Learning Under the New Normal – A student’s Perspective

– Anirudh Srivatsa, PGP 2021

As Covid-19 was declared a global pandemic by the WHO in January 2020, little did we, the PGP1s of IIM Bangalore, know back then how much our lives were to be changed by the weeks and months that followed. The campus buzz revolved around eager anticipation for our internships, the people we would meet and the places we would visit, and of course, intense strategizing and planning for the exchange process – essentially, a once in a lifetime opportunity for a 3-month Europe trip!

All of that, and more, were quickly unravelled in March 2020, with Covid-19 making its presence felt in India and the imposition of the nationwide lockdown. Suddenly, in a brutal realization of the ancient “man proposes, God disposes” aphorism, all our seemingly infallible plans came falling apart. Excitement and anticipation transformed into uncertainty and trepidation, travel-intensive internships gave way to a laptop confined to our desks, and dreams of a view of the Northern Lights in Iceland were replaced with the reality of the view of tubelights on our walls.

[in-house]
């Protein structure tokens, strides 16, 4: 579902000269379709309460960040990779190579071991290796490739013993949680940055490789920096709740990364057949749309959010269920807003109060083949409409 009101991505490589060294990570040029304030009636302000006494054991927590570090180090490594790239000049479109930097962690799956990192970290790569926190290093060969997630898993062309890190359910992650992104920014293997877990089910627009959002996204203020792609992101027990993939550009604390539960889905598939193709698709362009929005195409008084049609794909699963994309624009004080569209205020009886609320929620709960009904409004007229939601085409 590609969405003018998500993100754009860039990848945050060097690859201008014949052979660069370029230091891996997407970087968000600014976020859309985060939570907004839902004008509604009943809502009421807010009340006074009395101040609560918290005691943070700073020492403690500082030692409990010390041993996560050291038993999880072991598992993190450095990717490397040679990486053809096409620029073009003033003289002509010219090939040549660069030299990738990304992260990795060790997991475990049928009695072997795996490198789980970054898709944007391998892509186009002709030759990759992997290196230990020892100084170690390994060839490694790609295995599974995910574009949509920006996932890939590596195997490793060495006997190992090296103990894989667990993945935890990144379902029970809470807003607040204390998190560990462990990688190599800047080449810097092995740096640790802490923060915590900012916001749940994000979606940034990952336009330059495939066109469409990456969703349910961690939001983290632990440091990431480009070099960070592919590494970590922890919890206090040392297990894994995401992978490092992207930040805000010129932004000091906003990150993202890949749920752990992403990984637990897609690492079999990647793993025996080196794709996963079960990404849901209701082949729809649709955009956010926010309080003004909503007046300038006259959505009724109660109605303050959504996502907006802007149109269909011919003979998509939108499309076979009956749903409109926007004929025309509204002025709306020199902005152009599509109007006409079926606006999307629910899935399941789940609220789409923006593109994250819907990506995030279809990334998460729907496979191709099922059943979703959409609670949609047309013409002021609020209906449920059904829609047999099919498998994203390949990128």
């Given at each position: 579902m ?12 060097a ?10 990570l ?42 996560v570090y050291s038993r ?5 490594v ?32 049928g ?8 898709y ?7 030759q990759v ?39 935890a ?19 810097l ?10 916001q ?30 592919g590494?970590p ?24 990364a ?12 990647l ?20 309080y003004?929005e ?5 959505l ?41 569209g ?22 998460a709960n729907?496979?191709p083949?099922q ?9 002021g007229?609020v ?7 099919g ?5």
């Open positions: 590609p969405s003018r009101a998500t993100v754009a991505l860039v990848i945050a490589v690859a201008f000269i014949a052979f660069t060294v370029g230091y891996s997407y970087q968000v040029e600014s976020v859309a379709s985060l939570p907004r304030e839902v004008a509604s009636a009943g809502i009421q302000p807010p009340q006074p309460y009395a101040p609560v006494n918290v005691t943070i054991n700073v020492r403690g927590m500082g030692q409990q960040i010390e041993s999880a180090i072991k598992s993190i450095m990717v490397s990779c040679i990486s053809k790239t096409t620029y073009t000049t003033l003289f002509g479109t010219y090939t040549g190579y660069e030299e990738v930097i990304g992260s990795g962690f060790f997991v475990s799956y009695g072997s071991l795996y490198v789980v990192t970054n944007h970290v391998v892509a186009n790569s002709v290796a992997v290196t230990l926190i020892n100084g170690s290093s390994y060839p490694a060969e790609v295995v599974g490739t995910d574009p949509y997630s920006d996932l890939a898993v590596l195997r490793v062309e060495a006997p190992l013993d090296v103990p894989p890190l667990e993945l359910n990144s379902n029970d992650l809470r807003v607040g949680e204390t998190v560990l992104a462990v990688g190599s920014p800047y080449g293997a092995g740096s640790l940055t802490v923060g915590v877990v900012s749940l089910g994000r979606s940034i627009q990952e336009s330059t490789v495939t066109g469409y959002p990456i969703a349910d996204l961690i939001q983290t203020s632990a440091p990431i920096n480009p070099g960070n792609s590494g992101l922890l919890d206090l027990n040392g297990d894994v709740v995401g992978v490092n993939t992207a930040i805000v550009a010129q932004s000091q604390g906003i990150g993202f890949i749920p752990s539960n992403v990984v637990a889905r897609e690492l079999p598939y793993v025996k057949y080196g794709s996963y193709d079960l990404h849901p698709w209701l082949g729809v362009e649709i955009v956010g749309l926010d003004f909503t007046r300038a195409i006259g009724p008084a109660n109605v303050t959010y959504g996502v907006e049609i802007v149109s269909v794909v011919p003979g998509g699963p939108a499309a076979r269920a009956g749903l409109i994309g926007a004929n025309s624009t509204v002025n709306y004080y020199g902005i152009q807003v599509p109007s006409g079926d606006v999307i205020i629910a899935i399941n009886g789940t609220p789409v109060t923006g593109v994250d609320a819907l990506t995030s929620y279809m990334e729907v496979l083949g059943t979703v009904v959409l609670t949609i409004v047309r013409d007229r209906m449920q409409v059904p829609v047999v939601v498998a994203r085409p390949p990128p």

As the pandemic raged on, the “new normal” soon went on to define all of our second year of our MBA – with all of our classes being held online. This posed a variety of new challenges, for students, faculty and staff alike. Students rushed to arrange stable Internet connections, juggling household chores and managing makeshift workspaces in homes not designed for full-time working, while the professors got themselves up to speed on the intricacies of Zoom and various online exam platforms, supported by a newly recruited team of online learning facilitators. Online classes were a pale shadow of their previously offline versions, with Zoom fatigue quickly setting in after several hours of attending back-to-back lectures. However, many faculty members did their best in adapting to the new medium and keeping their lectures as engaging as possible.

Group projects suffered from a lack of peer learning, one of the biggest attractions of any MBA programme, as students could not interact as easily online leading to curtailed discussions. Students also sorely felt the lack of social connections – unable to interact with their batchmates, with text messages and video calls being a poor replacement. This was felt more than ever by the incoming batch of PGP1s, who could not meet their batchmates and seniors in person and hence had to go the extra mile to make new friends and seek mentorship for academics and summer placements.

However, these challenges have also revealed within us a streak of resilience and hidden sources of sheer willpower. As we, the students of the batch of 2021, graduate into a second wave of a pandemic far worse than the first, we leave with the hope that our experiences over the last one year would stand us in good stead to face and meet unexpected and demanding challenges in our future careers as well.